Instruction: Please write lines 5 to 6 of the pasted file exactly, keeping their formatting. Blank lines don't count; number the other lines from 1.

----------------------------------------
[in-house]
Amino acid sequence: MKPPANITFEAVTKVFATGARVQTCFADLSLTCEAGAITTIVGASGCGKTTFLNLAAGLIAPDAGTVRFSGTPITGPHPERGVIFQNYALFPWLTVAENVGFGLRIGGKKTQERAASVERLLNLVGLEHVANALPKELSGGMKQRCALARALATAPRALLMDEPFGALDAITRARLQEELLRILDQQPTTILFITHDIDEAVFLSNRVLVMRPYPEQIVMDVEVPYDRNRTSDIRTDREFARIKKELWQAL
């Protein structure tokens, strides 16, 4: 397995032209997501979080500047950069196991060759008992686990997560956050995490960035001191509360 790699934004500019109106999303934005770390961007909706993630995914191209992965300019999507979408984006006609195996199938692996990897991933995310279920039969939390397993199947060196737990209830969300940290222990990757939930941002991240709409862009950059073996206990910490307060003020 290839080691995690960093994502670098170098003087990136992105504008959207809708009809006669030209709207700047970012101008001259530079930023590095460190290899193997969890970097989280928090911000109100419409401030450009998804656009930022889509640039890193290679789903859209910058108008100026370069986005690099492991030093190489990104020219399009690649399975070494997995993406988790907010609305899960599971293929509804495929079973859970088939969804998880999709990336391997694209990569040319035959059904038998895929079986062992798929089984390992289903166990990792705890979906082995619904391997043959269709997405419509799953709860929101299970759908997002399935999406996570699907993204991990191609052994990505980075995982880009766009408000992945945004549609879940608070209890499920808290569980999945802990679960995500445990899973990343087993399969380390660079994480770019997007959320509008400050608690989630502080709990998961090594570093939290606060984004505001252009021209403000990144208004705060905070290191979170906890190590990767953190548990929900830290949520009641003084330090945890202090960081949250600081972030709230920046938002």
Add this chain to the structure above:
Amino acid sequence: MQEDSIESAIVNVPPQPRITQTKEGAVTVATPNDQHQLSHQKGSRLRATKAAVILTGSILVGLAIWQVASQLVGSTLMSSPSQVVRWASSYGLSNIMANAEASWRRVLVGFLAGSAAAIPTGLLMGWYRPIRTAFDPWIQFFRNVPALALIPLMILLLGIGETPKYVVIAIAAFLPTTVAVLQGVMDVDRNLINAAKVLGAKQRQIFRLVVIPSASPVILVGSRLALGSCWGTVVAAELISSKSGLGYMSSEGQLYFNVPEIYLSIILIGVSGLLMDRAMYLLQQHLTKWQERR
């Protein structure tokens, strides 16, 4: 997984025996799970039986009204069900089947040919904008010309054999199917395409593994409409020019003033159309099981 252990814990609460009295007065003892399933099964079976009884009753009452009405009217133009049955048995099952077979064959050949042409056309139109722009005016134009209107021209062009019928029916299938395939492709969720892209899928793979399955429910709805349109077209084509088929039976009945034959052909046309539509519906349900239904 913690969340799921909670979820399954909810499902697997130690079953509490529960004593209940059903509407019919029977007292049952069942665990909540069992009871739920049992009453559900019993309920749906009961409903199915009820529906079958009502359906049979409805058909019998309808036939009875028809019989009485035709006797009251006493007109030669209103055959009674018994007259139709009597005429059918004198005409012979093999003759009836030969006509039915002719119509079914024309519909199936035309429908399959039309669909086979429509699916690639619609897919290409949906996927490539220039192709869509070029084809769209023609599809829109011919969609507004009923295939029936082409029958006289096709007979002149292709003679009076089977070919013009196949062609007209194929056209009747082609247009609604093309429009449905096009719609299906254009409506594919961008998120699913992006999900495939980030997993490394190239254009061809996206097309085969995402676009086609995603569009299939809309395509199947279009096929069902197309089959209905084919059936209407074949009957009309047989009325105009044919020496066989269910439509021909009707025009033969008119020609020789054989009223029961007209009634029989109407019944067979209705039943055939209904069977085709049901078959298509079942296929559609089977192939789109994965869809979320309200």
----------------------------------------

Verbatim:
Amino acid sequence: MQEDSIESAIVNVPPQPRITQTKEGAVTVATPNDQHQLSHQKGSRLRATKAAVILTGSILVGLAIWQVASQLVGSTLMSSPSQVVRWASSYGLSNIMANAEASWRRVLVGFLAGSAAAIPTGLLMGWYRPIRTAFDPWIQFFRNVPALALIPLMILLLGIGETPKYVVIAIAAFLPTTVAVLQGVMDVDRNLINAAKVLGAKQRQIFRLVVIPSASPVILVGSRLALGSCWGTVVAAELISSKSGLGYMSSEGQLYFNVPEIYLSIILIGVSGLLMDRAMYLLQQHLTKWQERR
């Protein structure tokens, strides 16, 4: 997984025996799970039986009204069900089947040919904008010309054999199917395409593994409409020019003033159309099981 252990814990609460009295007065003892399933099964079976009884009753009452009405009217133009049955048995099952077979064959050949042409056309139109722009005016134009209107021209062009019928029916299938395939492709969720892209899928793979399955429910709805349109077209084509088929039976009945034959052909046309539509519906349900239904 913690969340799921909670979820399954909810499902697997130690079953509490529960004593209940059903509407019919029977007292049952069942665990909540069992009871739920049992009453559900019993309920749906009961409903199915009820529906079958009502359906049979409805058909019998309808036939009875028809019989009485035709006797009251006493007109030669209103055959009674018994007259139709009597005429059918004198005409012979093999003759009836030969006509039915002719119509079914024309519909199936035309429908399959039309669909086979429509699916690639619609897919290409949906996927490539220039192709869509070029084809769209023609599809829109011919969609507004009923295939029936082409029958006289096709007979002149292709003679009076089977070919013009196949062609007209194929056209009747082609247009609604093309429009449905096009719609299906254009409506594919961008998120699913992006999900495939980030997993490394190239254009061809996206097309085969995402676009086609995603569009299939809309395509199947279009096929069902197309089959209905084919059936209407074949009957009309047989009325105009044919020496066989269910439509021909009707025009033969008119020609020789054989009223029961007209009634029989109407019944067979209705039943055939209904069977085709049901078959298509079942296929559609089977192939789109994965869809979320309200």